Urinary tract infections (UTIs) are the third most common type of infection, surpassed in number only by respiratory and intestinal infections. Thus, many of us are all too familiar with the common symptoms of a UTI such as urgency, frequency, small amounts of urine voided, and pain with urination. Many of us may also be familiar with the problems of recurrent/frequent UTIs, or even apparent UTI symptoms for which no bacterial infection can be found. This later condition, which one urologist likes to call “The UTI That Isn’t” is a frustrating situation for women who have recurrent symptoms without good relief.
In order to best discuss “The UTI That Isn’t,” let’s take an opportunity to review some of the latest research on actual UTIs. Then we can move into an expanded discussion of the other, mysterious condition.
Why do regular UTIs seem to keep coming back?
A true UTI, by definition, is where bacteria are growing and reproducing within the urethra, bladder, or even higher in the ureters and kidneys. Urine is supposed to be sterile, so bacteria are considered intruders-even if they aren’t causing apparent symptoms. Other organisms such as chlamydia or trichomoniasis can get up the short female urethra to set up housekeeping (more about that later). The goal with treatment is to use an antibiotic to suppress or eliminate the organism responsible for the infection.
There are two types of recurring infection: re-infection and relapse. Re-infection accounts for the majority of recurring episodes. Re-infection means that a different type of organism has taken up residence. Most re-infections are readily treatable with some type of antibiotic. By contrast, relapse means a failure of the initial treatment allowing the original bacteria to re-grow. Were the bacteria resistant to the original antibiotic used? No, this would be called a treatment failure. Rather a relapse would be when the original bacteria returned within three weeks of an initially successful treatment. One review found that relapse within seven days of a single large dose of antibiotics was most linked to an infection that was also present in the ureters or kidney (Ronald, 1990). So for all these reasons, a UTI may seem to be coming back frequently.
There may be a subgroup of women in whom, culture confirmed, bacterial UTIs reoccur. Two hundred and thirty college aged women were followed for six months after having a bacterial UTI. For those women who had a history of two or more previous UTIs, their reoccurrence rate was 22% compared with 10% for the women without past UTIs. Unfortunately, neither the use of twice daily cranberry juice, or a placebo drink, did not have a beneficial effect (Barbosa-Cesnick, 2011). If a woman is doing all the right prevention strategies (e.g., urinating after sex, wiping from front to back, adequate fluid intake, etc.) and still getting frequent UTIs, I would consider ordering a kidney ultrasound to see if there is an anatomical reason such as a kinked ureter.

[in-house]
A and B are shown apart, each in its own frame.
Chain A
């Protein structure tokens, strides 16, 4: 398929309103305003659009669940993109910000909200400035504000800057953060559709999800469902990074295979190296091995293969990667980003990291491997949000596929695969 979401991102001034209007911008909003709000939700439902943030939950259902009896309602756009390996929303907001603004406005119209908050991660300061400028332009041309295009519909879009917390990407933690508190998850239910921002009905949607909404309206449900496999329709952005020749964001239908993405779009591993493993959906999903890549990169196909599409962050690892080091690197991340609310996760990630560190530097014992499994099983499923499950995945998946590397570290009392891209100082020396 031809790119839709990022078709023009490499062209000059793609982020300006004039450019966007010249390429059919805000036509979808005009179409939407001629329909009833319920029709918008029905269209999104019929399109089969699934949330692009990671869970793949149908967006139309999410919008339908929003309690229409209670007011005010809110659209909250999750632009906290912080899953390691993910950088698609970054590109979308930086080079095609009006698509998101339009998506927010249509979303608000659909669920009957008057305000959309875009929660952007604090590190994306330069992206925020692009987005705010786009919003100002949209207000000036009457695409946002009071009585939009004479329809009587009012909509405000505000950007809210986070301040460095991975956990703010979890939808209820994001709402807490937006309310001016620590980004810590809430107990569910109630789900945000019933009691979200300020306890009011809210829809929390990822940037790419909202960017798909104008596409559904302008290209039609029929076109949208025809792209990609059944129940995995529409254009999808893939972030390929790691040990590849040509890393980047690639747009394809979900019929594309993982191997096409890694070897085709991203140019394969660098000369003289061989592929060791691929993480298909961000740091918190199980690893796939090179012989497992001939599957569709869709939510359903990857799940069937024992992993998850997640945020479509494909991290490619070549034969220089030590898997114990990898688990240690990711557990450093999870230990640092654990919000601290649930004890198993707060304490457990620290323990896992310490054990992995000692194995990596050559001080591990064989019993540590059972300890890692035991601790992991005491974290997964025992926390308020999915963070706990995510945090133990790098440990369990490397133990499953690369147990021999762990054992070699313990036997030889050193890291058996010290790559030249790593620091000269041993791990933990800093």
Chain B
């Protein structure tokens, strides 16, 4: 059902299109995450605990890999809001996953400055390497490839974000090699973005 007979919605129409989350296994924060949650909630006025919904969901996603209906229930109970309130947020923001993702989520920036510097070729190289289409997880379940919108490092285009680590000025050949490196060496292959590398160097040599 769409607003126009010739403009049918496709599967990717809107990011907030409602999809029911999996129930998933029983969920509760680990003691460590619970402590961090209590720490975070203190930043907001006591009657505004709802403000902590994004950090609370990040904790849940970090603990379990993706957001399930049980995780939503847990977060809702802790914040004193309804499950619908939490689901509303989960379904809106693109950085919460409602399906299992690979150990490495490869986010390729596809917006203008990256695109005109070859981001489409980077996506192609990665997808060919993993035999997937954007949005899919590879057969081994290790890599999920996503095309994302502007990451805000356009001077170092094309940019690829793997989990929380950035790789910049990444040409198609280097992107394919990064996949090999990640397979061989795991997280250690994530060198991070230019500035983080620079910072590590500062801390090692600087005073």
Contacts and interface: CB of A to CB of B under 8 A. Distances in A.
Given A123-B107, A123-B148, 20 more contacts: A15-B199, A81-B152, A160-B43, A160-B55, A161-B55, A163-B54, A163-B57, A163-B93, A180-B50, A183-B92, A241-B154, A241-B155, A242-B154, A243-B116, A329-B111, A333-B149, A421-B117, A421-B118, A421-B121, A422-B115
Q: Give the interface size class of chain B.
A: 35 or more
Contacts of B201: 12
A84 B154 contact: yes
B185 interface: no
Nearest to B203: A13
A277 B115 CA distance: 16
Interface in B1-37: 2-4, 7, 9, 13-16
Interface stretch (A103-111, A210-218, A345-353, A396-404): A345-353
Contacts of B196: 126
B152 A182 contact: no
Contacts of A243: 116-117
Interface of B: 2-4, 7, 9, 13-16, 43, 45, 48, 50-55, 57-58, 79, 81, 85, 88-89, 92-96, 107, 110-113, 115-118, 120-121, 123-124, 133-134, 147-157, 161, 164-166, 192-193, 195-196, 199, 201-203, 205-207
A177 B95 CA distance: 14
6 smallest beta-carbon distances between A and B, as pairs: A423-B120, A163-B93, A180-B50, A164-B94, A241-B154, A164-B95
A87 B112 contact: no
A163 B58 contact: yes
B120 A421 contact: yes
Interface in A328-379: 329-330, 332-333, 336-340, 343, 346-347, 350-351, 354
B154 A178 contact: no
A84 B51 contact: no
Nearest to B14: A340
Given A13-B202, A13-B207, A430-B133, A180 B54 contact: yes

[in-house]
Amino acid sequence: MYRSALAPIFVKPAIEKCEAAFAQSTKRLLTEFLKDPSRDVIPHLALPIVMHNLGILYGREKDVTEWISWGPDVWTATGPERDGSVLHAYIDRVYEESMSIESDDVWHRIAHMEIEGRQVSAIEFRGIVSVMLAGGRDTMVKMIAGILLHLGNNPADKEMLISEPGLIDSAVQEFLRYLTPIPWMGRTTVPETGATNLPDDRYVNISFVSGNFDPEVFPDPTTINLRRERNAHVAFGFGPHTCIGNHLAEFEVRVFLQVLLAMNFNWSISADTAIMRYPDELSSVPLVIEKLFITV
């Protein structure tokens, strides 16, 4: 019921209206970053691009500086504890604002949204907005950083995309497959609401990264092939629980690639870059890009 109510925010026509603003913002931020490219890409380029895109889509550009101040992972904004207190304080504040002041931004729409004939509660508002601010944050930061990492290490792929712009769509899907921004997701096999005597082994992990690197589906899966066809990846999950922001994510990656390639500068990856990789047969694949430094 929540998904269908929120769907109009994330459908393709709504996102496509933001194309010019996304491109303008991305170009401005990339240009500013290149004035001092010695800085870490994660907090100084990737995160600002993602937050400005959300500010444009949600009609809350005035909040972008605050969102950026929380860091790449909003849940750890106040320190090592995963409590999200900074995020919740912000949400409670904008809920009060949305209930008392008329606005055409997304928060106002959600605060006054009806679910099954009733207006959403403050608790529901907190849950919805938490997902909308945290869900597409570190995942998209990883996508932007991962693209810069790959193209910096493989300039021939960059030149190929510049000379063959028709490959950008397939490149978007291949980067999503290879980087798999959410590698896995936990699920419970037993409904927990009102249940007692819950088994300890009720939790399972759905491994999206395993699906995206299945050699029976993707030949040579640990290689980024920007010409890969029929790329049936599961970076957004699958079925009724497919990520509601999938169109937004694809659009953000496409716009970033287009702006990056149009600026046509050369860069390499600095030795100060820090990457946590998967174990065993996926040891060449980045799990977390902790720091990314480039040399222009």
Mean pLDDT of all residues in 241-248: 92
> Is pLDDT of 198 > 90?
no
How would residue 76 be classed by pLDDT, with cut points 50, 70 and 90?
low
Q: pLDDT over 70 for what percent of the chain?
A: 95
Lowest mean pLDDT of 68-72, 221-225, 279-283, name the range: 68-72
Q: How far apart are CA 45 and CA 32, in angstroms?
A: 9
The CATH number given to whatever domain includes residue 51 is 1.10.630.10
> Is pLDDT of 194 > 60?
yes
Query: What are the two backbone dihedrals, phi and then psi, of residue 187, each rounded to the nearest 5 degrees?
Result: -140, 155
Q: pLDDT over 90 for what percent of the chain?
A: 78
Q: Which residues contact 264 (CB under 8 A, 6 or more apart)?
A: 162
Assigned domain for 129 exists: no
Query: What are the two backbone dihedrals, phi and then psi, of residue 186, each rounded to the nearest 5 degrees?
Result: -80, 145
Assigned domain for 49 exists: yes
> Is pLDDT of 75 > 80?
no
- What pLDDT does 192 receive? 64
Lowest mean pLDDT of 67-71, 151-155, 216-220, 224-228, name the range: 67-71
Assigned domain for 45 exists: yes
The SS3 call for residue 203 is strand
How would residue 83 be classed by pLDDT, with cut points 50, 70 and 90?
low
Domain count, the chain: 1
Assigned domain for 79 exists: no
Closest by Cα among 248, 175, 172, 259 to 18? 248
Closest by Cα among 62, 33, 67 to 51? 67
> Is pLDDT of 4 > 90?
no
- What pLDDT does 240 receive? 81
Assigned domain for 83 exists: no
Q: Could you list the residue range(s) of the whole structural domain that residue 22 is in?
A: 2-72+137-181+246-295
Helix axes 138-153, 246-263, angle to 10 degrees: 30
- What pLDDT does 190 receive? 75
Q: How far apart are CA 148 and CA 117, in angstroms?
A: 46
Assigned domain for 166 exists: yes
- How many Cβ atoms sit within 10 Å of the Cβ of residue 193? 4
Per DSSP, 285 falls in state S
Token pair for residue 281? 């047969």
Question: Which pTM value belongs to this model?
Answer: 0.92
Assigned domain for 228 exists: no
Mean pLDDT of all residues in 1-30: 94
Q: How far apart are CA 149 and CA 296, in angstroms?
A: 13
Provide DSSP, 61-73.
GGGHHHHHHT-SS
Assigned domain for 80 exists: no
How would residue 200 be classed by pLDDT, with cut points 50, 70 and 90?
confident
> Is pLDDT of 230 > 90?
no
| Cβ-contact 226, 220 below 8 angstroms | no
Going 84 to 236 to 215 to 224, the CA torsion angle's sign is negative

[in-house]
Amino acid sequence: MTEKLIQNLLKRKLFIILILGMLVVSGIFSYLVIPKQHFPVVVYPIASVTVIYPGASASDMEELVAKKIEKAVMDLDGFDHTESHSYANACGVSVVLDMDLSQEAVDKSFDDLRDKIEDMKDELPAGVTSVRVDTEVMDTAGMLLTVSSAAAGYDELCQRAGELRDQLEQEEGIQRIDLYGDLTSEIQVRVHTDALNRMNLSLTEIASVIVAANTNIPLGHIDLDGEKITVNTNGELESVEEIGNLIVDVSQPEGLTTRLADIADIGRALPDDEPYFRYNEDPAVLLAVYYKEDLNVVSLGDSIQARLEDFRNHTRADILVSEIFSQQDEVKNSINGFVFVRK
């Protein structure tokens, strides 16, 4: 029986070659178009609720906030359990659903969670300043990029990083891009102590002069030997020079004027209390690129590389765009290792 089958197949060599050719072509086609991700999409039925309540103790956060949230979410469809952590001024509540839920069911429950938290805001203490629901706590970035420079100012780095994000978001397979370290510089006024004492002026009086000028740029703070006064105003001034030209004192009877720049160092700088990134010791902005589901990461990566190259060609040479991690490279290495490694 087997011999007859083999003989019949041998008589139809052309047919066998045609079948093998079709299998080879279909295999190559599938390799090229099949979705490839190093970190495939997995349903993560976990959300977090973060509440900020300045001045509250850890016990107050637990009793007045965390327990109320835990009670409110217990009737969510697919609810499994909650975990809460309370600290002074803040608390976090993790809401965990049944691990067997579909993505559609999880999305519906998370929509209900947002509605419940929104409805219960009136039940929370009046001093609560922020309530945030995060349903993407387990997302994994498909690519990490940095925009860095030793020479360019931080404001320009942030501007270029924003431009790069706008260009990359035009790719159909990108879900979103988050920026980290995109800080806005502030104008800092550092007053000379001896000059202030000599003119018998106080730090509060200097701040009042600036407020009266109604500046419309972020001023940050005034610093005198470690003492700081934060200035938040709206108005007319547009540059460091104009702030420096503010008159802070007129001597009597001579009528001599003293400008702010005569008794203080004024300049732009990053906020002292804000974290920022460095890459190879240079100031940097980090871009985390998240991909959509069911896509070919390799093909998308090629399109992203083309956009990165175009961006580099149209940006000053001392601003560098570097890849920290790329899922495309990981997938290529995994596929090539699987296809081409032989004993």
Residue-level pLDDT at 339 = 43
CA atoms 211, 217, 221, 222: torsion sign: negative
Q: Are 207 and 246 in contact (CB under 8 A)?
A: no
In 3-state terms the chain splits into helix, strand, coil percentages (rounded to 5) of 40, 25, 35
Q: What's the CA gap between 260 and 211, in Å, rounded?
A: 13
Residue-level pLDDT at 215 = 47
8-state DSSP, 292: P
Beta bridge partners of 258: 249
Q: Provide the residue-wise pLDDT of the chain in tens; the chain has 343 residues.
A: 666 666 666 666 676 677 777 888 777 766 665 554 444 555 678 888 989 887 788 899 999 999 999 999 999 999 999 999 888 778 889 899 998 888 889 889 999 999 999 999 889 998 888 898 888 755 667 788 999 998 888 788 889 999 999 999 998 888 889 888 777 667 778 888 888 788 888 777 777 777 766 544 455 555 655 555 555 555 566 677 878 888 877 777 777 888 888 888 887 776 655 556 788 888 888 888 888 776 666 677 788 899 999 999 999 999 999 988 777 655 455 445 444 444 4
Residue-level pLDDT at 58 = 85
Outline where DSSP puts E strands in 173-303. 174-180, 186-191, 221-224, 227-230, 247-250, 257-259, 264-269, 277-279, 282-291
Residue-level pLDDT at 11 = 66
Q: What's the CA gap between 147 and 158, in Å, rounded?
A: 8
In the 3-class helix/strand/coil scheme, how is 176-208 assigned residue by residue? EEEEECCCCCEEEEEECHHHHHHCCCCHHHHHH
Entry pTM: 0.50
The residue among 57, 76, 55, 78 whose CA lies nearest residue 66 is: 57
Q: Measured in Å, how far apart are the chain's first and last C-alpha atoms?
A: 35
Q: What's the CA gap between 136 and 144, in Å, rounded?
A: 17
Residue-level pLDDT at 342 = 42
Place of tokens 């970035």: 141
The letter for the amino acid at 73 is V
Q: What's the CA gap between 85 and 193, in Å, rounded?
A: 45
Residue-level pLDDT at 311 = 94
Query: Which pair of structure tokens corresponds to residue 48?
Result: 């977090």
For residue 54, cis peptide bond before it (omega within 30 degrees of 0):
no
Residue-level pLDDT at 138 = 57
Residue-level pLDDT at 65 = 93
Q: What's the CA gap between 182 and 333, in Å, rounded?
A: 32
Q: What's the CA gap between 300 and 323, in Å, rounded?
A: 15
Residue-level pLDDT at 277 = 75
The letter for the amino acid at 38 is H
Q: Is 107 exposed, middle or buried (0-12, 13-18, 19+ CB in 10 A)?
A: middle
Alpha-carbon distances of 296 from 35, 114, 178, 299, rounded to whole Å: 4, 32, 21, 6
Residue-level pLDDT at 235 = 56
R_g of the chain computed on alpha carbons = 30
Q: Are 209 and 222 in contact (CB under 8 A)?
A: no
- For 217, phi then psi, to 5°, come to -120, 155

What is the best way to diagnose and manage a regular UTI?
A large study of 839 non-pregnant women (Little, 2009,) randomly assigned women with a suspected UTI to one of five treatment regimens. The investigators reported that about two thirds of the women had a confirmed UTI. The use of a urine dip stick test was moderately successful at identifying those women who went on to have a urine culture that was positive for bacteria. The use of such symptoms as bad smelling urine, urine cloudiness, pain with urination and having to get up in the night was not a successful way to identify women who had bacterial UTIs. Moreover, the use of cranberry juice or bicarbonate had no effect on reducing symptoms before antibiotics were given.
The same group of researchers (Little, 2010) published a study describing when a woman might expect her UTI symptoms to improve. Among women with the most severe symptoms, it took an average of 3.32 days for symptoms to respond to antibiotics. In women who had either infections resistant to the antibiotic prescribed, or who did not receive antibiotics, symptoms lasted 56% longer and 62% longer respectively. This suggests that prolonged symptoms can indicate a need to change medication approaches, and that it is important to start antibiotics promptly.
Interestingly, there was a group of women who had no evidence of bacteria in their urine, yet had UTI symptoms. These women had even longer duration of symptoms by 33% than women with “regular” UTIs (Little, 2010). They were given the diagnosis of “urethral syndrome.” This is one of the possible causes of “The UTI That Isn’t”. We’ll talk more about this and other possible causes in the next post.